Thunderclaps shake the theater; the deluge outside the window is practically Biblical. But for all the Abrahamic ominousness, not too much actually transpires, emotionally or counterhistorically, in The Mountaintop, Katori Hall’s giddy and insouciant yet strangely weightless fantasy about the last night of Dr. Martin Luther King Jr. (Samuel L. Jackson). Not much can happen, of course: The play is set at the end of a life and the beginning of a legend. It’s late on April 3, 1968, less than 24 hours before the civil-rights movement’s godhead will be cut down by an assassin’s bullet on the balcony of Memphis’s Lorraine Motel.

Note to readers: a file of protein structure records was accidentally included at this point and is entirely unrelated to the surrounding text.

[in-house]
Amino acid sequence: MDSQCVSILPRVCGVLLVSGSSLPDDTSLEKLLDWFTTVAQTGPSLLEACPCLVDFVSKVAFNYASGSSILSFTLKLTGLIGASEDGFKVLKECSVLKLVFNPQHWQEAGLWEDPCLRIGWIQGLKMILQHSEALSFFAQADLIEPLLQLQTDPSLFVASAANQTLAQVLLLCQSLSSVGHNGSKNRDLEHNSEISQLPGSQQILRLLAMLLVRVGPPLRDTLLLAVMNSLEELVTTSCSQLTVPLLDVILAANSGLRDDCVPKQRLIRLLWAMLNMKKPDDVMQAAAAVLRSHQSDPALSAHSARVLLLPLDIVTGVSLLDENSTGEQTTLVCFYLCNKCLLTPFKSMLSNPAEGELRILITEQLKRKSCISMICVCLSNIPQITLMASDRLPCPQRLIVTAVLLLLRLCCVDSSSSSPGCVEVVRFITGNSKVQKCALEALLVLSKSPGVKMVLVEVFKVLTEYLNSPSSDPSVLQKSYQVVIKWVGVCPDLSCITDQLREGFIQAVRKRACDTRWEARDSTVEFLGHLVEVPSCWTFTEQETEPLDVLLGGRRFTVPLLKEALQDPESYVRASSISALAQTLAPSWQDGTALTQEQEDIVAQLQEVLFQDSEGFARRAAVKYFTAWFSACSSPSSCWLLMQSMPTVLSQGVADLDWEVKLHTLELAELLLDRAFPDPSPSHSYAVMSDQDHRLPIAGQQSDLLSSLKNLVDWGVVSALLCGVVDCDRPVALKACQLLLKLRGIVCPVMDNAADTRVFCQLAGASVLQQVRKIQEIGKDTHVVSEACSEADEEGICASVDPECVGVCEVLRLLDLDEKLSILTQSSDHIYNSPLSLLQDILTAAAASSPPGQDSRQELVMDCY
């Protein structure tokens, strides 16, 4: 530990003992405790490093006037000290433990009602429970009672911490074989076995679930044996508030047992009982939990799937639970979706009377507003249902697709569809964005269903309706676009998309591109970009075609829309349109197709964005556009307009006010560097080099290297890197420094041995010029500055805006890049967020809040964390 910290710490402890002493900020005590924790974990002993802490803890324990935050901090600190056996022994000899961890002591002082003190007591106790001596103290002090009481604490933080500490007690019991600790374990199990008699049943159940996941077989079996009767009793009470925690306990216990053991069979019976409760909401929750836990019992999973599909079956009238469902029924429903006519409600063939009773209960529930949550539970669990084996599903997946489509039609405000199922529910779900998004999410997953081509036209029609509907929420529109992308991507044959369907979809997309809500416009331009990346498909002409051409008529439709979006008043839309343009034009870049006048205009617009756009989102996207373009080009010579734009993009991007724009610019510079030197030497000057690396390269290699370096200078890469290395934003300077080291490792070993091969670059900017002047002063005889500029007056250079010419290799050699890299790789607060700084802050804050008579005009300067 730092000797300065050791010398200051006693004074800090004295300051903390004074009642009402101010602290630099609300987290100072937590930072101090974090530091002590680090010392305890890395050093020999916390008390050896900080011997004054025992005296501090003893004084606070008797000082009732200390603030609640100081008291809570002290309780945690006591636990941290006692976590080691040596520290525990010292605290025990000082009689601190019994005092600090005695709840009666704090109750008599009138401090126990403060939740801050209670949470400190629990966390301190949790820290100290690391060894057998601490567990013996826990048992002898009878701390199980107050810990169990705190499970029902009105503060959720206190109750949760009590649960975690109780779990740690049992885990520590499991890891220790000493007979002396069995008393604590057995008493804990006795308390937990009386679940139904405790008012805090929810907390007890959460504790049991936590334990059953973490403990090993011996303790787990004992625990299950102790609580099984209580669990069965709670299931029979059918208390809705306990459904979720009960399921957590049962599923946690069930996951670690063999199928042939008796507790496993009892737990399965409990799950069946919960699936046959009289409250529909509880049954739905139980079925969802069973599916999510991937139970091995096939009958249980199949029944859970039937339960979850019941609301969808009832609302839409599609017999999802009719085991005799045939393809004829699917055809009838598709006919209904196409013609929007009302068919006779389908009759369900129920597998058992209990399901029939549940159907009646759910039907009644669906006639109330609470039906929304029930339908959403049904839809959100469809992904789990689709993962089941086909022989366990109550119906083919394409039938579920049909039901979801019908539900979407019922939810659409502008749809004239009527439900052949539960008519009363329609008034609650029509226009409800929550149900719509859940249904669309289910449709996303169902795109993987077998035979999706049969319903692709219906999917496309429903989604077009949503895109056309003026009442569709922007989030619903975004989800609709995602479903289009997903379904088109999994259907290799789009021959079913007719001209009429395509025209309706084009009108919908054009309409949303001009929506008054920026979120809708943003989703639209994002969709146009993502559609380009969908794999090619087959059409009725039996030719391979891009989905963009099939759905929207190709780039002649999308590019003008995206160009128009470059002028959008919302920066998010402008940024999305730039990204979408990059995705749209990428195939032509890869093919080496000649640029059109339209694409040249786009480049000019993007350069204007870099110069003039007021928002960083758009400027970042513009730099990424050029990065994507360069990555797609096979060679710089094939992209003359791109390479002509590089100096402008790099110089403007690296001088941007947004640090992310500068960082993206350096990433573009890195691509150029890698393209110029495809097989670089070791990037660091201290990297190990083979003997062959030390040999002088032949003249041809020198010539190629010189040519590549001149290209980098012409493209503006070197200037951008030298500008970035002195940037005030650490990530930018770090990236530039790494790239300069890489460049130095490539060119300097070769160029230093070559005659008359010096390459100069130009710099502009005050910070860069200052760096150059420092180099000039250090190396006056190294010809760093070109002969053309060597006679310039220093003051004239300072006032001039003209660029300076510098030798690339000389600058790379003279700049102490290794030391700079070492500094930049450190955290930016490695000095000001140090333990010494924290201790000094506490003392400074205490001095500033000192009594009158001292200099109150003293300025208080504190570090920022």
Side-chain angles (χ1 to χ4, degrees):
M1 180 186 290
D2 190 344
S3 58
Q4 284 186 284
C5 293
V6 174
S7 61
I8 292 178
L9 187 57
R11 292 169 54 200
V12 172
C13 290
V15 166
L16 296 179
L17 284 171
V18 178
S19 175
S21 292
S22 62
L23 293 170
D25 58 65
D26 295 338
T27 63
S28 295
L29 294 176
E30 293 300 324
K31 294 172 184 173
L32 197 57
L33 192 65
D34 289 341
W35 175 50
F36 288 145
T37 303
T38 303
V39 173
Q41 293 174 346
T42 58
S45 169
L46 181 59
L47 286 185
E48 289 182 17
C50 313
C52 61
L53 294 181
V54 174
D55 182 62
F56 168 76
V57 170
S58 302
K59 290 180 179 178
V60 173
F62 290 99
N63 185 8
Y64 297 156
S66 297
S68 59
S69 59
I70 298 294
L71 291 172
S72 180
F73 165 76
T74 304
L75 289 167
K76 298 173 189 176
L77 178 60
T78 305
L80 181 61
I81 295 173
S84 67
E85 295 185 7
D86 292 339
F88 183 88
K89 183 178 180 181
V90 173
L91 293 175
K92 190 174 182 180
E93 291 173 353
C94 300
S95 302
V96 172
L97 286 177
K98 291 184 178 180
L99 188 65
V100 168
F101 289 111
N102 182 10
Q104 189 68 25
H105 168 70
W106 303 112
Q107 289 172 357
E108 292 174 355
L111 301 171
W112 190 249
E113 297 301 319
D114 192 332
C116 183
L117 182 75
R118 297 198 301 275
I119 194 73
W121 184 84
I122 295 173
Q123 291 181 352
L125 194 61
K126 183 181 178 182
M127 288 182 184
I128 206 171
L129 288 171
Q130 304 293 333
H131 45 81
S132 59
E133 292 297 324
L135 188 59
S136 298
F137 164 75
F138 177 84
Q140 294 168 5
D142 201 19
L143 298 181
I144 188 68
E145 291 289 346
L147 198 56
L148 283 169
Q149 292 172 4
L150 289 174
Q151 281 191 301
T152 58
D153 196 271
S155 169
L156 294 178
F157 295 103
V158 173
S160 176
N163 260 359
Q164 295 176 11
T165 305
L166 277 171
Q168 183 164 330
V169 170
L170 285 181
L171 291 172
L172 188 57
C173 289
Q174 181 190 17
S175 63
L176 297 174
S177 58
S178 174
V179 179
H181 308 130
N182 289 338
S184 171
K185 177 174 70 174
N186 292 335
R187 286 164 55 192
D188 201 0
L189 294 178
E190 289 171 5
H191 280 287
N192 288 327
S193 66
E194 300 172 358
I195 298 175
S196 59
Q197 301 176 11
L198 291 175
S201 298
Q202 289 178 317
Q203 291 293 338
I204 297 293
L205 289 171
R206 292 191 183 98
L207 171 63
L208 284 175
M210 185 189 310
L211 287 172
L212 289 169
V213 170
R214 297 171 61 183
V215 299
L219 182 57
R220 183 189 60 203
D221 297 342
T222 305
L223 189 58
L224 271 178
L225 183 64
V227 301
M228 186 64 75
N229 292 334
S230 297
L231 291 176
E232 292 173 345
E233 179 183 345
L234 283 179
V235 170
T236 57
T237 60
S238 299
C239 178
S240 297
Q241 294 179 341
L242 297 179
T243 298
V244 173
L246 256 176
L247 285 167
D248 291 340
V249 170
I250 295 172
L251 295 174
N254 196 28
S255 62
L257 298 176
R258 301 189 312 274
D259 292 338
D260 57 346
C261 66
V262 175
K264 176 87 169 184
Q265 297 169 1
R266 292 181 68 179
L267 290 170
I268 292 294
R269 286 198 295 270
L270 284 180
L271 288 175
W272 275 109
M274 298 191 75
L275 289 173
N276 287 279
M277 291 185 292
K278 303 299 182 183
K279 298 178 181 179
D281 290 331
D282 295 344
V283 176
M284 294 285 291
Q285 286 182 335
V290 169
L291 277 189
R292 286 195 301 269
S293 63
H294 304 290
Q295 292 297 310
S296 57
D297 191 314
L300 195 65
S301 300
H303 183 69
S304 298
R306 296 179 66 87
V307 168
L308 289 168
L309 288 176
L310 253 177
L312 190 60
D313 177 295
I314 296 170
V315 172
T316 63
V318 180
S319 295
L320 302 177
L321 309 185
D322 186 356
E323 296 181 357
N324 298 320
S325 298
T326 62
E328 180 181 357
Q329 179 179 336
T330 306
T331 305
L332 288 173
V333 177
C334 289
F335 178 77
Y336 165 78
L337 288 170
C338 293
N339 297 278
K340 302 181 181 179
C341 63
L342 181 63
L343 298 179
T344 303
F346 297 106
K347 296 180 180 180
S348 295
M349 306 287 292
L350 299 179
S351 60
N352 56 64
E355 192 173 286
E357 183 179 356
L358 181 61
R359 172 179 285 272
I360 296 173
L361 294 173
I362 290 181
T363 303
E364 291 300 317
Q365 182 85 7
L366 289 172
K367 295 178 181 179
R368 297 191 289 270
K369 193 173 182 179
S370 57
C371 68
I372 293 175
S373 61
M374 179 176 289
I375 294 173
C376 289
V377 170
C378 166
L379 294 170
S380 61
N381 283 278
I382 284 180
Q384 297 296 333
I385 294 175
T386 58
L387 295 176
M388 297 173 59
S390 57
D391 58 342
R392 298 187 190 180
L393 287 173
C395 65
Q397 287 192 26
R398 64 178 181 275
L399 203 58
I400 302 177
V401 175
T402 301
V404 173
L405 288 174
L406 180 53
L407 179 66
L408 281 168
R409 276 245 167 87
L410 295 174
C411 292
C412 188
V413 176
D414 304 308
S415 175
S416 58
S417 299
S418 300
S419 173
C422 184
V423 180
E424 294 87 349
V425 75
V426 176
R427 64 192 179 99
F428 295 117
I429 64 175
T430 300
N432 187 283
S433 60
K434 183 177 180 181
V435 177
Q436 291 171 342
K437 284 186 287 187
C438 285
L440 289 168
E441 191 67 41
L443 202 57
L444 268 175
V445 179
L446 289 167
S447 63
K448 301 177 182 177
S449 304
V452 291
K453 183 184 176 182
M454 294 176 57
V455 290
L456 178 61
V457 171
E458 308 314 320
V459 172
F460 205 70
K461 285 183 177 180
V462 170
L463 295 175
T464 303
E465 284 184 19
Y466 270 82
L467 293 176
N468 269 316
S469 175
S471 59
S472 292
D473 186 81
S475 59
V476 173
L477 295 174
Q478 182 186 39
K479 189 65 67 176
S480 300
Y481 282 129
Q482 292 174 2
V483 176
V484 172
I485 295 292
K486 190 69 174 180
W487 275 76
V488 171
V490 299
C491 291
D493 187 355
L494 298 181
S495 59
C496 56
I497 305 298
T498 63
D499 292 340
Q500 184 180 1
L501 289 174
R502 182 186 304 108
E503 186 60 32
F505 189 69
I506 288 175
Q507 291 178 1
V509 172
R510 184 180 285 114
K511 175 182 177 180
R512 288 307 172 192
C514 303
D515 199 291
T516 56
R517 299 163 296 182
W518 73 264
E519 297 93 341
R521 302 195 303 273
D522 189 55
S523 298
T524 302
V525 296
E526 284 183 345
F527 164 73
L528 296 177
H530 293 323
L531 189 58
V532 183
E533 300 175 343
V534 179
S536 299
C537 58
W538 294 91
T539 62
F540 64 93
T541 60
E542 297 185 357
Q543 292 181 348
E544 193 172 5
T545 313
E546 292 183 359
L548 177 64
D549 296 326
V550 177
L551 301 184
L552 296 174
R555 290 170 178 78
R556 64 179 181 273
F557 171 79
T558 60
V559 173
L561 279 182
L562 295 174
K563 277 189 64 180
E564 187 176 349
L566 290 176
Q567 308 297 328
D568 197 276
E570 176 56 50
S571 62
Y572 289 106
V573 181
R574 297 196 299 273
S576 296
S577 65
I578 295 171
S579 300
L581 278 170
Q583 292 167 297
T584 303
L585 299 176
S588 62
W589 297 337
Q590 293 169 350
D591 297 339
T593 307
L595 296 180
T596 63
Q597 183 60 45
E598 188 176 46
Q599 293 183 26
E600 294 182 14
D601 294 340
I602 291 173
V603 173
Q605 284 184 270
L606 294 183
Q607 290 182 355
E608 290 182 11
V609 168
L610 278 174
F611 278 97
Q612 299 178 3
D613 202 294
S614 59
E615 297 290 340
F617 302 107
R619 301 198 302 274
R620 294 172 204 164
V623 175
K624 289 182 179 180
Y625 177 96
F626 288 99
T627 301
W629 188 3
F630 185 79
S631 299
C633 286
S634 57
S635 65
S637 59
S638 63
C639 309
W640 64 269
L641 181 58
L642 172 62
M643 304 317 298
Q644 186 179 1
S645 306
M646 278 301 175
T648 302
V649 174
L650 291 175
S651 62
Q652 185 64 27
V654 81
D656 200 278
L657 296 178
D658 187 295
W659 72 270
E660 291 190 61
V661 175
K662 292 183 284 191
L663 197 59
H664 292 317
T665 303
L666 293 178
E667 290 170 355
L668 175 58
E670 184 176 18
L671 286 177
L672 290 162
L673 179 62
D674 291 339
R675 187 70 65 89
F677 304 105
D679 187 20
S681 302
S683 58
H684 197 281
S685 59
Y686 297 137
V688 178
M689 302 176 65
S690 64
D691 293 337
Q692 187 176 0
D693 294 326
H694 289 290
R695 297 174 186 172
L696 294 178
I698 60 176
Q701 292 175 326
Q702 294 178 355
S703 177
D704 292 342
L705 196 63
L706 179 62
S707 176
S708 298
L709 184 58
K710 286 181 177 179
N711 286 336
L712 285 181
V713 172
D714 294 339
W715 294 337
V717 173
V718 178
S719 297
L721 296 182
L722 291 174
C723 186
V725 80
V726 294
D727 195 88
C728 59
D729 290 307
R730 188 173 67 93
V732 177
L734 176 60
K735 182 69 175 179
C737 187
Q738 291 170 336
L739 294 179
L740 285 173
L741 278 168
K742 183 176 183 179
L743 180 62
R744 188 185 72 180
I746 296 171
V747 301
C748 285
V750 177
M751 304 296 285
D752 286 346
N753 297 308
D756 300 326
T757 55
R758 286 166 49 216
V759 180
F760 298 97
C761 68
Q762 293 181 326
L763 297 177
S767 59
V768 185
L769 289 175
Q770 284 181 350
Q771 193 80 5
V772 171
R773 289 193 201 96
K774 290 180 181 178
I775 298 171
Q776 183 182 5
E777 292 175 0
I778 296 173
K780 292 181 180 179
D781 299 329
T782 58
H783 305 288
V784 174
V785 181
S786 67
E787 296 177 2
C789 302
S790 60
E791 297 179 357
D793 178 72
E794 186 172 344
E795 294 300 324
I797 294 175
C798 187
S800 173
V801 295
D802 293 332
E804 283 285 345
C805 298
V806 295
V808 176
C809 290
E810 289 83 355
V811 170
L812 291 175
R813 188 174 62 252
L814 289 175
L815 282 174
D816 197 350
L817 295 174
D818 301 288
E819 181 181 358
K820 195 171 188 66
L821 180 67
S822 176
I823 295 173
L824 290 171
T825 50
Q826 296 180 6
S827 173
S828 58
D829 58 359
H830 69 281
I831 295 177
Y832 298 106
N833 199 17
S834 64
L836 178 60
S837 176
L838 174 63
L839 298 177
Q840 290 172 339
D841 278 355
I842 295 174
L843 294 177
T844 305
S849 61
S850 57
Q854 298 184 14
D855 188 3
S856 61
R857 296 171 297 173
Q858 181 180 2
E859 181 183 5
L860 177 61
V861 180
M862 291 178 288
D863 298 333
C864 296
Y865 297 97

It’s a stunning moment, and we wish it led to more. It doesn’t. Hall steadily gives up every piece of ground she gains, and, for extended stretches, The Mountaintop can feel more like a series of molehills. (A bit on Malcolm X here, five minutes on Coretta Scott King there, a Jesse Jackson joke to put the cherry on top, etc. etc.) Hall wants to get closer to King than the history books and marble monuments allow; in spasms, she achieves that. She gets King to pose for “sexy” photographs, smoking his favorite brand. Jackson, relaxed, relaxes us, too, and allows us into a space we’re generally not permitted. But then Hall loses her resolve and retreats into magic and omen; King recedes, only to return for a final speech — the one thing this play didn’t need to supply. Hall dances gingerly atop the marble monuments, but, for good or ill, she’s not prepared to kick any down, or even leave any graffiti that won’t be washed off in the next downpour.